The best part is that most of the information comes from them. Their notes are points of class discussion that they bring up and that I write on the board. Sometimes they get to write it all on the board themselves. Their homework assignments are a series of thought questions that requires them to go through the day’s notes and handouts in order to synthesize different chunks of information and draw their own conclusions. This precludes them from having to read walls of boring paragraphs in textbooks that tend to kill any love they might have for history. For the average student, it should take no more than 10 minutes to complete. Students have come to me and said that they actually find the homework fun.

None of this is easy. All of the handouts ( I literally have hundreds) contain visuals or passages that I have chosen off of the internet, usually from a simple Google image search. I then write my own questions underneath them. My lesson plans have all the meaty information, including dates and vocabulary, that I wish to pull out of class discussions. What ends up going on the board as their notes is a compromise between what they say and what is in the lesson plan. They get a homework sheet at the start of every unit with all the assignments for the next two weeks or so. Again, I make all of the questions myself. If there are days when we do not cover some of the questions, my students know not to worry about it. We will get to it another time.

This does not even count the research papers or extra projects we do, which vary from year to year.

By doing things in this way, I do not feel quite as dirty. I can help my students prepare for the Regents while also turning them on to higher level historical analysis. The historical content they get is fuller and more accurate than the one-dimensional (and sometimes plain wrong) drivel that is found in history textbooks.  I am still trying to find the right balance between teaching to the test and teaching for actual historical appreciation, which is part of what makes teaching an art and not a science.

And this is the entire point. Teaching is an art. But the people who worship at the altar of value added and testing think everything can be broken down to a science. Like all sciences, real sciences that is, they think it can all be expressed in numbers.

At the core, this is what makes value added invalid. People keep talking about the wild “margins of error” for all the data the media is set to release today. This assumes that there is a model expressible in numbers that can have lower margins of error.

There will never be a value added formula without huge margins of error. It is a fool’s pursuit to try to find one. You simply cannot measure an art form in scientific terms.

The margin of error is so vast because value added is an error in and of itself.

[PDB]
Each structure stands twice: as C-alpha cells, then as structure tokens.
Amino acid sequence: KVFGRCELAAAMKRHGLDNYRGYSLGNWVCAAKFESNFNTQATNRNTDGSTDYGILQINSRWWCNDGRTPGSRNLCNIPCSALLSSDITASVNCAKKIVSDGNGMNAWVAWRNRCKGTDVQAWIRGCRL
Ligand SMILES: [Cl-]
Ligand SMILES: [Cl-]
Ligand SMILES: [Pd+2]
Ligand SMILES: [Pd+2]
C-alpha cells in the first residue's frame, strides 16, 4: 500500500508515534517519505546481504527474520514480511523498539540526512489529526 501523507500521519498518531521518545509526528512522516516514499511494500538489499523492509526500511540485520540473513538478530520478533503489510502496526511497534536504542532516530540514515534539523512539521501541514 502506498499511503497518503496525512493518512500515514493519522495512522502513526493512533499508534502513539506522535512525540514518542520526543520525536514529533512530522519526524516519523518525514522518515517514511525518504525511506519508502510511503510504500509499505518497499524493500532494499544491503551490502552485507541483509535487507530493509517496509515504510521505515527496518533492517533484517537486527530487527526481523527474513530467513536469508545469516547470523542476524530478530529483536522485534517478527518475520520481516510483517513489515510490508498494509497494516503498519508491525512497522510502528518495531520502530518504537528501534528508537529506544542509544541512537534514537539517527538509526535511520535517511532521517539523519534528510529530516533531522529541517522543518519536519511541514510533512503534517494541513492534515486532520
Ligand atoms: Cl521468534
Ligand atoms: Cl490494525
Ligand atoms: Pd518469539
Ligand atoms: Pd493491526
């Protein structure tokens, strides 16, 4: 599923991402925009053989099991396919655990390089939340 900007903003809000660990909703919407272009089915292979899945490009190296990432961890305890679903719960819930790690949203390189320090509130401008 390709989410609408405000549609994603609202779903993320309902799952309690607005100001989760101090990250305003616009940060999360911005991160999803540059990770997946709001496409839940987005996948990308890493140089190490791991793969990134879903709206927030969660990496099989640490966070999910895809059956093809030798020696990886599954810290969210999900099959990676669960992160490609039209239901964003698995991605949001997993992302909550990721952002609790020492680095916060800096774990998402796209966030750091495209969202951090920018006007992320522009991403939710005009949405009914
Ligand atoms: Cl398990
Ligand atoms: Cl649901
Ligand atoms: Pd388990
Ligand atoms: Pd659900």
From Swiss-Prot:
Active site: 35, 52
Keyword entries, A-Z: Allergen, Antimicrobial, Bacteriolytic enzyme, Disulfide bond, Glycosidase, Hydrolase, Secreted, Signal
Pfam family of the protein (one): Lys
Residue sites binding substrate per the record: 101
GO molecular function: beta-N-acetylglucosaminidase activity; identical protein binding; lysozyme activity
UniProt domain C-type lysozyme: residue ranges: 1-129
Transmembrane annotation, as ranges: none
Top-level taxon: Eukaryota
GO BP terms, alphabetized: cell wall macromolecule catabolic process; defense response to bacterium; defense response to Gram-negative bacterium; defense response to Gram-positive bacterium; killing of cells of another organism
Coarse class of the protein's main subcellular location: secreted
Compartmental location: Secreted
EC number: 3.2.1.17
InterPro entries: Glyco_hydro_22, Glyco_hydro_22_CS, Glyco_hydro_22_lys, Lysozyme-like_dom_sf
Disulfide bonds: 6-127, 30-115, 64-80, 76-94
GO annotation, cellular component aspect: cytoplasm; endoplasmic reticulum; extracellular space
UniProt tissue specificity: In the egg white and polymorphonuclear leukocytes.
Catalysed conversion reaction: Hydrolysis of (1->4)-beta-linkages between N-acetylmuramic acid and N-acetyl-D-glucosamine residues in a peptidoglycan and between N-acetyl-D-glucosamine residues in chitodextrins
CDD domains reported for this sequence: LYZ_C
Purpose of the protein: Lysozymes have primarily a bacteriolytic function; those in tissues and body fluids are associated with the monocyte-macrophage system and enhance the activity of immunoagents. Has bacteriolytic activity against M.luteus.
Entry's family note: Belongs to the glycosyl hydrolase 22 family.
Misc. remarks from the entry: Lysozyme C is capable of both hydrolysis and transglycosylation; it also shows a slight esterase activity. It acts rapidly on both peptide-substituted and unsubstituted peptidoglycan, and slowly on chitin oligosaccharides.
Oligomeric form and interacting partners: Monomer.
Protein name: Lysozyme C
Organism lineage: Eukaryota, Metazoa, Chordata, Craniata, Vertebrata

This is the same problem with the new teacher evaluations. People are crowing about it, or at least saying it is not so bad, because it measures teachers in multiple ways. That is not the point. The point is that it promises to stuff all of these measures into a sausage of numbers.

You simply cannot put a number on an art form. This goes for the learning process as well. The whole concept of putting numbers on students in the form of grades is asinine, but that is another discussion entirely.

The value added craze and the teacher evaluation debacle merely reflect the true goal of education deformers, which is to take all of the art out of teaching. They do not care about the “achievement gap” or “failing schools” at all. They care about reducing teachers to automatons and piano keys.

This is why idiotic teachers like those over at Educators4Excellence applaud the new evaluation system. None of them ever saw teaching as an art. None of them stay in the profession long enough to get an appreciation for teaching as an art. There is nothing excellent about them aside from their own sense of self-importance.

None of the numbers that the newspapers published mean a damn thing. You cannot put a number on what teachers do, ever. The vast majority of teachers in NYC, whether with high value added or low value added stats, do what I described for myself. They stay up late making lessons. They reflect on their craft. They take the success of their students personally. They somehow find a balance between actual teaching and teaching to a test. They may not all do it in the same way, but that is what makes teaching such a great profession and such an art form.

But now, in New York City at least, the deformers have taken a giant step towards taking the art out of teaching.

This is what makes every teacher in New York City an assailed teacher.

The Next Teacher Strike

The last NYC teacher strike drove a wedge between teachers and the communities they serve. The next one will bridge the gap.

New York City teachers are due for a strike.

Leo Casey claims (check the comments section) that the union will fight for something other than standardized exams on the local level. He claims that there are other types of assessments the city can use.

Sure there are.

But what happens when Bloomberg and Commissioner King say that they will not hear of anything else except local exams? How far will the UFT be willing to go to prevent our schools from becoming testing factories?